I hope he does well.
And I hope that he does good, too.
Reading comprehension fail. Dries is saying that they will not develop new features if they have 15 critical bugs - they will keep the count beneath the stated number. They are doing this so that "at most the release is only 15 critical bugs away from being ready"
The new features are more important than bug free code.
What was stated in the article is the exact inverse of the problem you are claiming. They are stating that they will stop new feature development if there are more than 15 critical bugs. Their statement is about bug-free code being more important than new features.
The only people in the US that will be able to see it live in Alaska - likely an extremely insignificant portion of the
On behalf of the Alaskans who are a part of the
If it makes you feel any better, our weather here in Anchorage will not likely permit viewing, either
The trawling concept is not that far removed from dragging boom around, and would be subject to some of the same problems prone to traditional boom designs. Notably, oil has a tendency to spill over the top of boom when the current or tow speed is greater than half of a knot (that is very, very slow). While not a problem when chasing fish, it would defeat the purpose of dragging stuff through the water to collect oil.
If, as recommended, a more traditional surface trawl design was used, including an open mouth that is submerged and a boom / cork line that is floating, some additional benefits could be realized. Crude can quickly become mixed into the water column as the boat and boom move through the water, and a lot of oil can actually go under boom as it is towed. The trawling design would help here, although it may also gather animals beneath the oil/water line and force them into a concentrated bag of the stuff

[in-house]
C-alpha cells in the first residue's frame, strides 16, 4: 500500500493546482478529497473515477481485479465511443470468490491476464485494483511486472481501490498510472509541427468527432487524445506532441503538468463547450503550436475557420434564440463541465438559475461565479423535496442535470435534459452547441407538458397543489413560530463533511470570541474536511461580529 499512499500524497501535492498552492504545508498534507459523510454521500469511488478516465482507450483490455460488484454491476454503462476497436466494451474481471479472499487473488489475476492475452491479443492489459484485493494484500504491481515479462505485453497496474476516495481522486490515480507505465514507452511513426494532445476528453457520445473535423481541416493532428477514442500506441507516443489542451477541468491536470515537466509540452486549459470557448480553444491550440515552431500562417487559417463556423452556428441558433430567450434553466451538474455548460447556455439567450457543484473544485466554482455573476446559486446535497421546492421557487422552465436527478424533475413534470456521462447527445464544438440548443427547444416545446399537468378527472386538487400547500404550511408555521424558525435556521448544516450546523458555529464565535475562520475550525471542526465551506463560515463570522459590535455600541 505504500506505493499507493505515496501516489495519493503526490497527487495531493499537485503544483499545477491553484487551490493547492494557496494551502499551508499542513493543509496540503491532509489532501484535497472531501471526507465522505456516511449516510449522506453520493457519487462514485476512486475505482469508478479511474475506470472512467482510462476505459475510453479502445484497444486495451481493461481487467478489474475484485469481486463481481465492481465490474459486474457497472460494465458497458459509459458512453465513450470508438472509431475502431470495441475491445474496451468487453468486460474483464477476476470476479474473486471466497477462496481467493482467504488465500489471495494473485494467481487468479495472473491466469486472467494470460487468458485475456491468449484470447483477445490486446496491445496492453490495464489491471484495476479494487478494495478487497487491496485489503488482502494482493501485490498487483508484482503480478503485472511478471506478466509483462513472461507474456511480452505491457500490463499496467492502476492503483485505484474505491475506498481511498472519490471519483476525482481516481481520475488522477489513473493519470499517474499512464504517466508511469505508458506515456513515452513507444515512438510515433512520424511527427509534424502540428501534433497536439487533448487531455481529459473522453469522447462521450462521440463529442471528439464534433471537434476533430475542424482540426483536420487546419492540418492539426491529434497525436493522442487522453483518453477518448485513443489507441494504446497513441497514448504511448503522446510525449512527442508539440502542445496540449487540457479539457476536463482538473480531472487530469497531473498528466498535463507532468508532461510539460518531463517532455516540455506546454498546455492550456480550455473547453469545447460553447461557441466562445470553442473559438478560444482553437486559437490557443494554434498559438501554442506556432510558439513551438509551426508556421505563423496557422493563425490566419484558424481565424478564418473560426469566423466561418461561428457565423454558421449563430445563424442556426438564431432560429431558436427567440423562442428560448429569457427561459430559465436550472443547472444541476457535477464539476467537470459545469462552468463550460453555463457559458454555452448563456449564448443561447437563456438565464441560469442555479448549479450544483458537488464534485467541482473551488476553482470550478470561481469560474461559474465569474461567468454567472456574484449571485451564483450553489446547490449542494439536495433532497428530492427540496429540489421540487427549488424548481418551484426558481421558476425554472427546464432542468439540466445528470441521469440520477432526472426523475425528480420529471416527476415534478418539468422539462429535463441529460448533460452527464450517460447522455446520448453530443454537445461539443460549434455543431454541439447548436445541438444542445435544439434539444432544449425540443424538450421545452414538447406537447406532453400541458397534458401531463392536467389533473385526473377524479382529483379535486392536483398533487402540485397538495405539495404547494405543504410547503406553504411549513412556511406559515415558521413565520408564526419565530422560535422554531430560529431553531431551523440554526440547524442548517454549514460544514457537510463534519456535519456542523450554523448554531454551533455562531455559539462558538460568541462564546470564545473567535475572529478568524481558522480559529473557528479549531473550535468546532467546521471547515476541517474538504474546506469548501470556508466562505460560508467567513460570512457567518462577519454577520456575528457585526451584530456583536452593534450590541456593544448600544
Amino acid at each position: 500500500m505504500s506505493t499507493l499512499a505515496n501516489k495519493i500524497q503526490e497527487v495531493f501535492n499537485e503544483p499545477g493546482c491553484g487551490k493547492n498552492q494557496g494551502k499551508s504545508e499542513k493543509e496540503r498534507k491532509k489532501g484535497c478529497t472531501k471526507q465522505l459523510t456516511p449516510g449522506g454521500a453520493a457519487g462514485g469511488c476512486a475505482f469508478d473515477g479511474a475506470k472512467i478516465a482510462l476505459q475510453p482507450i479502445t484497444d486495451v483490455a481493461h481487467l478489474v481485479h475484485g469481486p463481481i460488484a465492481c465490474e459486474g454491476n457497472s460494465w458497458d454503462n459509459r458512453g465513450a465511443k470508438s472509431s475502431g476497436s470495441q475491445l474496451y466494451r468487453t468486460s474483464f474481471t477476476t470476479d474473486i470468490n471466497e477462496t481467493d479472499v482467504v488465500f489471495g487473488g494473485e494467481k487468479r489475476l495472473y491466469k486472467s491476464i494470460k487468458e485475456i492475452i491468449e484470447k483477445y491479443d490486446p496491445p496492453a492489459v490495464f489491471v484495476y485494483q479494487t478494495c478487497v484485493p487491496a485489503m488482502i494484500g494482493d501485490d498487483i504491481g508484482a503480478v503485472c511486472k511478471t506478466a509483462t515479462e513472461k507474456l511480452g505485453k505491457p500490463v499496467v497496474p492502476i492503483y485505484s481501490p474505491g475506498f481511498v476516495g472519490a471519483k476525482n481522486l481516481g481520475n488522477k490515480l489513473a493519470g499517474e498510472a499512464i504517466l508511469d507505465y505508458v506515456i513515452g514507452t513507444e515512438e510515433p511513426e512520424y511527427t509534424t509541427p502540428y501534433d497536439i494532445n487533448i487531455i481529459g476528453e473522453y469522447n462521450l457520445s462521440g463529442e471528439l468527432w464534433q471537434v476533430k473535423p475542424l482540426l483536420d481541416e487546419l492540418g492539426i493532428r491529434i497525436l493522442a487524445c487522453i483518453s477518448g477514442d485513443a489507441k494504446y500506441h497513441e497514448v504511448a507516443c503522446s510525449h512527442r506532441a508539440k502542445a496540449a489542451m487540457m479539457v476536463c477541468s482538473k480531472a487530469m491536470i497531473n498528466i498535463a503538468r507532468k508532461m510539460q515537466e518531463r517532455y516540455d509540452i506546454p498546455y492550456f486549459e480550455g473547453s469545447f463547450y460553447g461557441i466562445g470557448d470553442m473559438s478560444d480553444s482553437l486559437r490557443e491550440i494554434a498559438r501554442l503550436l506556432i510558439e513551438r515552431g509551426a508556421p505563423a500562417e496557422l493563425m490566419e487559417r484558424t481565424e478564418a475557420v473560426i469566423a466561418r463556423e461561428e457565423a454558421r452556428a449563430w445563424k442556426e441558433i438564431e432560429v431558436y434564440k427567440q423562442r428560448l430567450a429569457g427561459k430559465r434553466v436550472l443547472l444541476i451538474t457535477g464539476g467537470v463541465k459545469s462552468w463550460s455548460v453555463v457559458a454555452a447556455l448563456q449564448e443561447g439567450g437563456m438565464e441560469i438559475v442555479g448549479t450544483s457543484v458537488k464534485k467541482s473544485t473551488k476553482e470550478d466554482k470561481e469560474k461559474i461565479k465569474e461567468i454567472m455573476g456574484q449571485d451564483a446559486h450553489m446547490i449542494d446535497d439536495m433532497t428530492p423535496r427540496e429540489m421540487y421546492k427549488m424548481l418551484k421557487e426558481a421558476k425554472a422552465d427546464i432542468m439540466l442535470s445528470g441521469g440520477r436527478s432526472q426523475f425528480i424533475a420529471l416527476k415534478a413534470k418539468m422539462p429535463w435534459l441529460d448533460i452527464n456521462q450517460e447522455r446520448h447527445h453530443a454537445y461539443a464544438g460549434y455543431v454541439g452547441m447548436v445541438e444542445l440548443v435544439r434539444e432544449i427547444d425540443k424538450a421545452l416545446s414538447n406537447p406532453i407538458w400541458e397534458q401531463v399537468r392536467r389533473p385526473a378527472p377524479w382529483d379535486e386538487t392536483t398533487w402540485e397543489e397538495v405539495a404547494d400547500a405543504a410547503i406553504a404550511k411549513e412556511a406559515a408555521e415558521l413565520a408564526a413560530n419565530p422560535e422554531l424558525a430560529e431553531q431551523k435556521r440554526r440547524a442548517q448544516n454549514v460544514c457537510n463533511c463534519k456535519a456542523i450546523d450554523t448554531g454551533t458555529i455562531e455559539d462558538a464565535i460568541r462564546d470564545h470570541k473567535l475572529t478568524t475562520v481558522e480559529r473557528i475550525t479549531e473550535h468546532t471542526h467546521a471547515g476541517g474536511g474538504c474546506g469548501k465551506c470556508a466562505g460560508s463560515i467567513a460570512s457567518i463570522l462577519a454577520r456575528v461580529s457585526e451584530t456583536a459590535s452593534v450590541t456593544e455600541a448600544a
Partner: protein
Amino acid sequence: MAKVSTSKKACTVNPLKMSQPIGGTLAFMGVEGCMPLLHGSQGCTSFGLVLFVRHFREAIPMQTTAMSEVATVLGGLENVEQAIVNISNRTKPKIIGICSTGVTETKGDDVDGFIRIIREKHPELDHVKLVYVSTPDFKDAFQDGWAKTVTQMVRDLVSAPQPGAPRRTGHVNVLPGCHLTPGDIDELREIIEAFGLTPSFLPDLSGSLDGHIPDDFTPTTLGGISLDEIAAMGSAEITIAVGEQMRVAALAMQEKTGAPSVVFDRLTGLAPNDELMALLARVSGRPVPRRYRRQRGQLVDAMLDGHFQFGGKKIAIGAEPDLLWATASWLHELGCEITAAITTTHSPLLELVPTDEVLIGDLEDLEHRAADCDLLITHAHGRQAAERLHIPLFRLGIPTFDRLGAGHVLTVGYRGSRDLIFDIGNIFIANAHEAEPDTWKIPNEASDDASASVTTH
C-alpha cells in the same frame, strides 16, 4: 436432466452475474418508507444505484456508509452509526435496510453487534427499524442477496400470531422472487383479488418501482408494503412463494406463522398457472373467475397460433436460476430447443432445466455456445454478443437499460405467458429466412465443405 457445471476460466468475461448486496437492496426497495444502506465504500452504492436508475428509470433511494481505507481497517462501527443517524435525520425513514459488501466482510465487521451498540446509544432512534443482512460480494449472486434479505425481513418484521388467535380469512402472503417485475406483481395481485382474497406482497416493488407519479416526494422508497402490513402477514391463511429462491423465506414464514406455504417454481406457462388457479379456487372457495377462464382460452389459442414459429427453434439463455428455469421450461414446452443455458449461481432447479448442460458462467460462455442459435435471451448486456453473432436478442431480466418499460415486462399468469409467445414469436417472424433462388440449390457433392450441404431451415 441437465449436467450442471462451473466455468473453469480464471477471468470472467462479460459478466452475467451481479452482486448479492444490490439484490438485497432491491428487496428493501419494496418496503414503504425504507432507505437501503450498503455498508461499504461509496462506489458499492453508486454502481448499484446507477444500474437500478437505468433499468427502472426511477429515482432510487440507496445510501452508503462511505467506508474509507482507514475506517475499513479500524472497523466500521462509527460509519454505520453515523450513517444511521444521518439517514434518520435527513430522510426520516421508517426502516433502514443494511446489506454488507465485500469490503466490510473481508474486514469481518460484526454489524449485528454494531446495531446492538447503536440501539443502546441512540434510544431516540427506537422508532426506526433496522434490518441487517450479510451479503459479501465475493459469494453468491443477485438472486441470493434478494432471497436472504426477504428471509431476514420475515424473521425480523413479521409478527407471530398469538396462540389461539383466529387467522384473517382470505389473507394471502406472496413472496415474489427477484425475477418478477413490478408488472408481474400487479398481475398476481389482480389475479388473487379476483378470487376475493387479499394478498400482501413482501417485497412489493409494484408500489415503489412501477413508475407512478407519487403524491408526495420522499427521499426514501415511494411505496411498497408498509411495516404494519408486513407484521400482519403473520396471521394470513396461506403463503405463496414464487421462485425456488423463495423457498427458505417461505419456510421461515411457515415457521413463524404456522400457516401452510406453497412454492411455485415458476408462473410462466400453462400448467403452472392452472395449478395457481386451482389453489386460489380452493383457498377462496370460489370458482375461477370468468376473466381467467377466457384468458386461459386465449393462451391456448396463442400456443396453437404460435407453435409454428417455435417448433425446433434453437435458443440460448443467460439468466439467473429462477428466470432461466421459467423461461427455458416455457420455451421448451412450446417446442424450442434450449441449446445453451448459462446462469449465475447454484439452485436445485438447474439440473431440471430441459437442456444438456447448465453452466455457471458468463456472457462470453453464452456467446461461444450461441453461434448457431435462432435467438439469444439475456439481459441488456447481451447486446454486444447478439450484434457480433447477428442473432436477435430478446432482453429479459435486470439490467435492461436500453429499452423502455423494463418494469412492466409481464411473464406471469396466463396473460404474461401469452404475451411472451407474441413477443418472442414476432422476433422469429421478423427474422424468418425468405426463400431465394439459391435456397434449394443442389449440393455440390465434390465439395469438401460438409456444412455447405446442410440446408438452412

One of the shortcomings of current boom design is the fact that you are going to pick up a lot of water with the oil (models of the "harbor buster" have little pouches that fill with oil and sea water and serve to contain the crude prior to throwing in a simmer to pull out the oil). Modify boom to be made of this material AND add possible changes to make it more "trawl-like" in its subsurface design, and some improvement might be seen.
One of the things discussed during our breaks was that the survival rate of rescued birds and mammals was somewhere around 10% during the Exxon disaster. That does not include all of the wildlife that was missed
Perhaps the best quote of the day on this topic basically boiled down to "pictures of people scrubbing ducks is just good PR."
The whole process of what you described as "skimming" (which is very different in the recovery lingo - means using a floating pump system to recover oil, not dragging stuff through the water) would likely kill all animals that were captured. Critters would be submerged within a cloth net of oil and gunk. Regular trawling is damaging enough to them
Eight hours a day, five days a week was good enough for illiterate industrial workers doing manual labor when it was invented 150 years ago. I see no reason it shouldn't be a perfect fit for highly educated software engineers in 2010!!
Wait, you get to work with highly educated software engineers? Lucky
To respond to your comments:
- The patrol was not walking down a street. They were in the air, in an Apache gunship.
- There were no video cameras, aside from the ones the US military had, and perhaps some on the cellphones that were being used by the people on the ground at the time of the attack.
- The people DID have cameras and stands. The lens, based upon other stuff that I have read, and the image of the photographers gear after the fact (the image from the video was too blurry to be certain), was a 70-200 f2.8L IS USM Canon lens. Pretty big, has a tripod mound on the bottom, and does look impressive. Almost like a weapon from the front. When the Apache circled behind him and saw no extended tube over his shoulder AND people gathered where the backblast would be, they should have made sure they had a positive ID on the target before they engaged.